Over the following weeks, Charlie took Bessie to the tower every day. She'd normally go for a walk with Vincent while Charlie stayed at the tower, drinking tea and reading some of Vincent's books. They always found this secretive building by going to the same narrow lane. They'd be engulfed by fog, and they'd let the donkey lead them all the way to the tower. But one evening he stopped at another obstacle. It was a hovercraft, and they found the tower just beyond it. Vincent was already at the front door. He was talking to George, who looked very pleased with himself.

"My nephew finally got his hovercraft working," he said. "I thought it had come too late for me to find my tower, but I agreed to take it out for a ride, seeing as he'd put so much work into stopping the engine from exploding and the propeller from flying away. I was enjoying the ride until I was engulfed by fog, and I lost control of the craft. I tried hard to make the engine explode, but for once it remained stubbornly resistant to an explosion. It finally came to a stop here. Imagine my surprise when I found my tower and it was fully intact. It hadn't been interfered with by Mother Nature at all. Imagine my delight when I found that it was still occupied by the man who owes me over thirty-thousand euros in rent."

"I keep telling you," Vincent said. "There's no way I can possibly pay you that sort of money."

"You're going to have to think of something," George said. "Make me an offer. I suggest that all three of ye start thinking, because I have a suspicion that all three of ye played a part in making me believe that my tower had been destroyed."

"Instead of the money," Charlie said, "you could walk with the donkey whenever you wanted to."

George responded to this by shaking his head and saying, "I specifically stated that you should think. Start thinking and then make me an offer. A meagre amount of thought will show you how utterly ridiculous your offer is."

"It's a fantastic offer," Charlie said. "This donkey was trained by Bob. You already have proof that this is an exceptional creature -- he's able to lead us to the tower, and his engine has never come close to exploding. Sometimes when I'm walking next to him, strange combinations of words will enter my head. I've only recently discovered that these are the names of horses. I think he's telepathically passing on tips. I'm not a betting man myself, so I've no use for them, but they could be a nice little money-earner for someone with an interest in gambling."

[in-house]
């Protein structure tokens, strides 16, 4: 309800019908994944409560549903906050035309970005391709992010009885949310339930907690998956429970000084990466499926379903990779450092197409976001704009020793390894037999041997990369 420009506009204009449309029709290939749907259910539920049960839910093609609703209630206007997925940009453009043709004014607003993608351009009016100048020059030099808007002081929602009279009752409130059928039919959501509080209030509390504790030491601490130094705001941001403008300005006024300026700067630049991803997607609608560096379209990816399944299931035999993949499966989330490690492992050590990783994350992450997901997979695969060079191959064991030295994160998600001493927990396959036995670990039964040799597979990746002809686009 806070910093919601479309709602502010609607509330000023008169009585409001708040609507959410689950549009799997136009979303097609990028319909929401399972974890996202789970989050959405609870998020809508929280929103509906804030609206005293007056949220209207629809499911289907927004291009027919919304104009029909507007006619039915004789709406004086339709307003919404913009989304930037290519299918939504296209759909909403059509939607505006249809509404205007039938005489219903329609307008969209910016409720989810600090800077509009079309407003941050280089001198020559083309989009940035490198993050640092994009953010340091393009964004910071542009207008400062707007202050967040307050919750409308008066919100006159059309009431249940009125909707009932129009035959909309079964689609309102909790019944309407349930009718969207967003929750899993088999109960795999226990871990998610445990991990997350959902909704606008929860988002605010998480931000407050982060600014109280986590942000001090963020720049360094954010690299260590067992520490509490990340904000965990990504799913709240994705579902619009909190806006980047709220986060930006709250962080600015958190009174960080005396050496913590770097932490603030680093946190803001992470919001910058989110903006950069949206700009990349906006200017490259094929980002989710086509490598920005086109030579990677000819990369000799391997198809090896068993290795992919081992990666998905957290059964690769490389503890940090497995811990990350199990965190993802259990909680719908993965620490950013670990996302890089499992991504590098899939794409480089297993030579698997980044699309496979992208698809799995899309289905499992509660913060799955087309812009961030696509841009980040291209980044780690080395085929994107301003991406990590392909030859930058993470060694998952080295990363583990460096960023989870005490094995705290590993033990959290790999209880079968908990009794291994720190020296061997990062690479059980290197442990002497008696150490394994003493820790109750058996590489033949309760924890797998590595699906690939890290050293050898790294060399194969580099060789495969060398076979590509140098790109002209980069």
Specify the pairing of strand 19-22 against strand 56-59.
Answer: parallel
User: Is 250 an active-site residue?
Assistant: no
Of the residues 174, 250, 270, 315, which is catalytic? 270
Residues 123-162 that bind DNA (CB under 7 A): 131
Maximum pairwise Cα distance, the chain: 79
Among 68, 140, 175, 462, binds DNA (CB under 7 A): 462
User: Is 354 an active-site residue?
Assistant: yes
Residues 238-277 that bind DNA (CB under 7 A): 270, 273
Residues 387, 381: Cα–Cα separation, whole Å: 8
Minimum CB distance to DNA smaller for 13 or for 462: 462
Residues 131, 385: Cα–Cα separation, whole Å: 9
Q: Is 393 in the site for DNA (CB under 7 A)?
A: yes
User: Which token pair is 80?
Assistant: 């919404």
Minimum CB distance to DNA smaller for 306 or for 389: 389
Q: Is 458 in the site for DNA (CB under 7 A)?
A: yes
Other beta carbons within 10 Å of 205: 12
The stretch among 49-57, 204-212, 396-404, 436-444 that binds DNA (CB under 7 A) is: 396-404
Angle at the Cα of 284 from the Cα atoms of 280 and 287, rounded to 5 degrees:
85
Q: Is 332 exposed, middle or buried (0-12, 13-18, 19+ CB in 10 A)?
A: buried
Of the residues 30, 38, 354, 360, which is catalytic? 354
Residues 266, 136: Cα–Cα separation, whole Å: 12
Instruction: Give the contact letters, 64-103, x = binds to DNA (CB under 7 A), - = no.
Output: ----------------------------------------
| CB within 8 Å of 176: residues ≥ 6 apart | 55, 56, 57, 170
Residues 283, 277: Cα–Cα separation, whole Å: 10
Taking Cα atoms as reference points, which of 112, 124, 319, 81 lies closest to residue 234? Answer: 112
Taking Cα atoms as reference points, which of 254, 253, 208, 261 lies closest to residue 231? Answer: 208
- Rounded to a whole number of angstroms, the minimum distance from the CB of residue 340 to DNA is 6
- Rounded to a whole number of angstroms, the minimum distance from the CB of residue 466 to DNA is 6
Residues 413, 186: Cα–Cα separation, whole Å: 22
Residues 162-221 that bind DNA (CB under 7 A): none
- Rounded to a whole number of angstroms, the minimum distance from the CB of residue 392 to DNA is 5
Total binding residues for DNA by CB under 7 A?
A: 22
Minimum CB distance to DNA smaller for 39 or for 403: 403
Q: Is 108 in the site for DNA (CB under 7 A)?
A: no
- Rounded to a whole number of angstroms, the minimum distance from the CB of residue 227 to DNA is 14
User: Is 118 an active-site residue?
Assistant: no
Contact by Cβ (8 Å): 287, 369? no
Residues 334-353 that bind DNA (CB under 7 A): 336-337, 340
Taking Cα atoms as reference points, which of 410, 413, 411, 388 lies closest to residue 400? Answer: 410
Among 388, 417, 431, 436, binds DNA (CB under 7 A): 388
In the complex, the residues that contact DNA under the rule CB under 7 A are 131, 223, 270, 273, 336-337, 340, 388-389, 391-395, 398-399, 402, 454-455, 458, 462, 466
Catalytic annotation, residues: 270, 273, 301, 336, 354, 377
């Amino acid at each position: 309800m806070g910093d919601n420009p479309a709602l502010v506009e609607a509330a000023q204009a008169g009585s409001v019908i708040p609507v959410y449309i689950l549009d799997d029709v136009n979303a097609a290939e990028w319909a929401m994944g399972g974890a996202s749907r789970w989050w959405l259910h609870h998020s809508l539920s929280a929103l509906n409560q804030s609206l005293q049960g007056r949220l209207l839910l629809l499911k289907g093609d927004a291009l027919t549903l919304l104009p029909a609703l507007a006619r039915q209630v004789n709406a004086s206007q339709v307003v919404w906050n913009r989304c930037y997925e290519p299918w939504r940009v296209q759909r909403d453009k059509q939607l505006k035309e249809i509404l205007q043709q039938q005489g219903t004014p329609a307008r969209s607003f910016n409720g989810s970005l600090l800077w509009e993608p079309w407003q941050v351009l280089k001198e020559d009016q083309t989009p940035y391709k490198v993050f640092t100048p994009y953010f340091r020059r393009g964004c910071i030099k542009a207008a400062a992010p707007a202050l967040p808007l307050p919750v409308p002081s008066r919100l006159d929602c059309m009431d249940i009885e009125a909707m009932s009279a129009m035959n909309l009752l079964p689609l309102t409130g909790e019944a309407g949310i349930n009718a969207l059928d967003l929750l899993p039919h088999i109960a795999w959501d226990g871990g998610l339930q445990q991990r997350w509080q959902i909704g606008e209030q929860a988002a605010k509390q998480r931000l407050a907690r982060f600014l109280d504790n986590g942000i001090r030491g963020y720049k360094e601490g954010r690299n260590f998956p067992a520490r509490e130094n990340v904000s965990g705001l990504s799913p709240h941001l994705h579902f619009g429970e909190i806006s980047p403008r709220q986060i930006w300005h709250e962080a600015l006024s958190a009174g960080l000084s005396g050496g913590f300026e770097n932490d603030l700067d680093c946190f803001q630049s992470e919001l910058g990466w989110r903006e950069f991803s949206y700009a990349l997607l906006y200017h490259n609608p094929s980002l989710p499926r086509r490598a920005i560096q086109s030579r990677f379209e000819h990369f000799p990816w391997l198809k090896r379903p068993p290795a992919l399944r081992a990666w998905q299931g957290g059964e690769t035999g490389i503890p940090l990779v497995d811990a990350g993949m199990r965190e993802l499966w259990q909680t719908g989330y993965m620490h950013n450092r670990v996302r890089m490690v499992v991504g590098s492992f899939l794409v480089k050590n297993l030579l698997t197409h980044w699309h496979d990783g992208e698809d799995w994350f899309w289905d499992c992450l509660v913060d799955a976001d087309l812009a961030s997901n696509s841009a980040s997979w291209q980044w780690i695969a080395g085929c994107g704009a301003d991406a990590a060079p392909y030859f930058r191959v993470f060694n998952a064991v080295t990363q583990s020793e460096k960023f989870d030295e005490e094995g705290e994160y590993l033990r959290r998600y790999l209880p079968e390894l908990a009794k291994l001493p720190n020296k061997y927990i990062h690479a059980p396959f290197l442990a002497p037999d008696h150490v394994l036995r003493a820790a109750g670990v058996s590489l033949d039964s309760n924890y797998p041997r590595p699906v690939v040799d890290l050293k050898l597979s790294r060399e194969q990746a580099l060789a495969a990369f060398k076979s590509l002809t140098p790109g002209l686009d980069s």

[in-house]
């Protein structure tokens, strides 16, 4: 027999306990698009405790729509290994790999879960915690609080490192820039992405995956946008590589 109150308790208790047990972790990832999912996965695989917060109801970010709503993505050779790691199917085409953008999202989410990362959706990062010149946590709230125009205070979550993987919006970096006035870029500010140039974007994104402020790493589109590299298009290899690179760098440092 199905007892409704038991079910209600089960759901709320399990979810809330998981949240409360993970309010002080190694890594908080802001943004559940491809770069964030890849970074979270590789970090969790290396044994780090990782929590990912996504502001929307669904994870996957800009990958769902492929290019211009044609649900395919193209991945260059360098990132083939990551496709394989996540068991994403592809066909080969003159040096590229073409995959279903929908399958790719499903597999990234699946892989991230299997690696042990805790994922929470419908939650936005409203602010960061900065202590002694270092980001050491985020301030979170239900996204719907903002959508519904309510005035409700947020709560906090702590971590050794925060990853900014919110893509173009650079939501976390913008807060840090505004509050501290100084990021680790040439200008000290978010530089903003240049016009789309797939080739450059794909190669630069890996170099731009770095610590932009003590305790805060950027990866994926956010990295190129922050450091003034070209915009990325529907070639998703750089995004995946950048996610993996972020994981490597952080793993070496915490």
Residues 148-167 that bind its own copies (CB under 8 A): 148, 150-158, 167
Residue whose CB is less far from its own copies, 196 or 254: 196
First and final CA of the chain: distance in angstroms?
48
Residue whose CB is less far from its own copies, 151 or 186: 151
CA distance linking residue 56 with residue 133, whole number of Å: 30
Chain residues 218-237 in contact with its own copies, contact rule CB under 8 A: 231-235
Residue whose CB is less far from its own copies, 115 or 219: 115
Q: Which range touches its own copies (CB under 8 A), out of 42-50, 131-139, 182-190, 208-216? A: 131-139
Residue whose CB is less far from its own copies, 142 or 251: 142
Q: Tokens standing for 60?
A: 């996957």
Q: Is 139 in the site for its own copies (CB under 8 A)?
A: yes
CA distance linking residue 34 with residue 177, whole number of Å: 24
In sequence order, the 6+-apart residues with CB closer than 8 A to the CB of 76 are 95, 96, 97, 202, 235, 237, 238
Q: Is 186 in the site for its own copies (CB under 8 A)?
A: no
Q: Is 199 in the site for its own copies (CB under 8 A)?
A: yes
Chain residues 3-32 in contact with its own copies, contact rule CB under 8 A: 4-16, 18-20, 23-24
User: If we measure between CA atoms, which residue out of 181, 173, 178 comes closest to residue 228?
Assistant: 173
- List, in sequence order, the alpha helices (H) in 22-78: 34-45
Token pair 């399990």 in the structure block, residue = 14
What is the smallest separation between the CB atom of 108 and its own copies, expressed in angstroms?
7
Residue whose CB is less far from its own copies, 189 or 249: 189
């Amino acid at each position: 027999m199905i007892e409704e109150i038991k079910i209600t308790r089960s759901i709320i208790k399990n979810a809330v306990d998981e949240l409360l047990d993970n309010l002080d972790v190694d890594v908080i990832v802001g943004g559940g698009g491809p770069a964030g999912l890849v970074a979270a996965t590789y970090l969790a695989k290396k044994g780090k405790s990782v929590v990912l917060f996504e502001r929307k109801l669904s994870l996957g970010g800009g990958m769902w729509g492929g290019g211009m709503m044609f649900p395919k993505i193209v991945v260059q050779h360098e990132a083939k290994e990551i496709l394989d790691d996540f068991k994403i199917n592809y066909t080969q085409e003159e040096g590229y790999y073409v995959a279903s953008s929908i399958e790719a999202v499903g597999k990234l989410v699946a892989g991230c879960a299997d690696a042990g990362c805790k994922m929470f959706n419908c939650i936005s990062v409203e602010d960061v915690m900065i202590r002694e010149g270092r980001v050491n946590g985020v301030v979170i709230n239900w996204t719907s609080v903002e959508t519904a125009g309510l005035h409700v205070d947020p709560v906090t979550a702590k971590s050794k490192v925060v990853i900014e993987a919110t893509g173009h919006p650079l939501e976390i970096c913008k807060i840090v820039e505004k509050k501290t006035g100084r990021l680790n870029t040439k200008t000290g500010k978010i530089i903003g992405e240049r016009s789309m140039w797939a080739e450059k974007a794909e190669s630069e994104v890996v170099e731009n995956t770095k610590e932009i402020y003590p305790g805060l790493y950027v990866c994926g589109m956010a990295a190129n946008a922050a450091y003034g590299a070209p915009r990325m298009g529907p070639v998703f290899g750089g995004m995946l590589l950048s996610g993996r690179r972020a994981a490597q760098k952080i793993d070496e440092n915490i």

George was a betting man. He couldn't resist the prospect of even marginally improving his chances of backing a winner, so he accepted Charlie's offer. On the following evening he started walking with the donkey while passengers sat on the cart. Charlie was getting all of the money paid by the passengers. If George's chances of backing a winner improved at all, it was only a very marginal improvement, but even this was enough to keep him happy. It was pleasing to know that he had access to information denied to his friends in the pub, while those poor fools were still relying on being verbally abused by Bob.

The moose's head over the fireplace is enjoying listening to the wife's aunt talk about sounds you can eat and snowflakes that blossom into hedgehogs as they fall and all the other things that occupied her mind while the World Cup was on. She only spoke about toast for the duration of the tournament to protest about all the sport on television (this was her version of a hunger strike). We missed her dissertations when she started to run out of things to say about toast, but she's hardly stopped talking since Spain lifted the trophy. She records what she says in her sleep. On Sunday she spoke for hours about the debate concerning whether or not it would be a breach of etiquette to inform someone that they're about to be struck by lightning.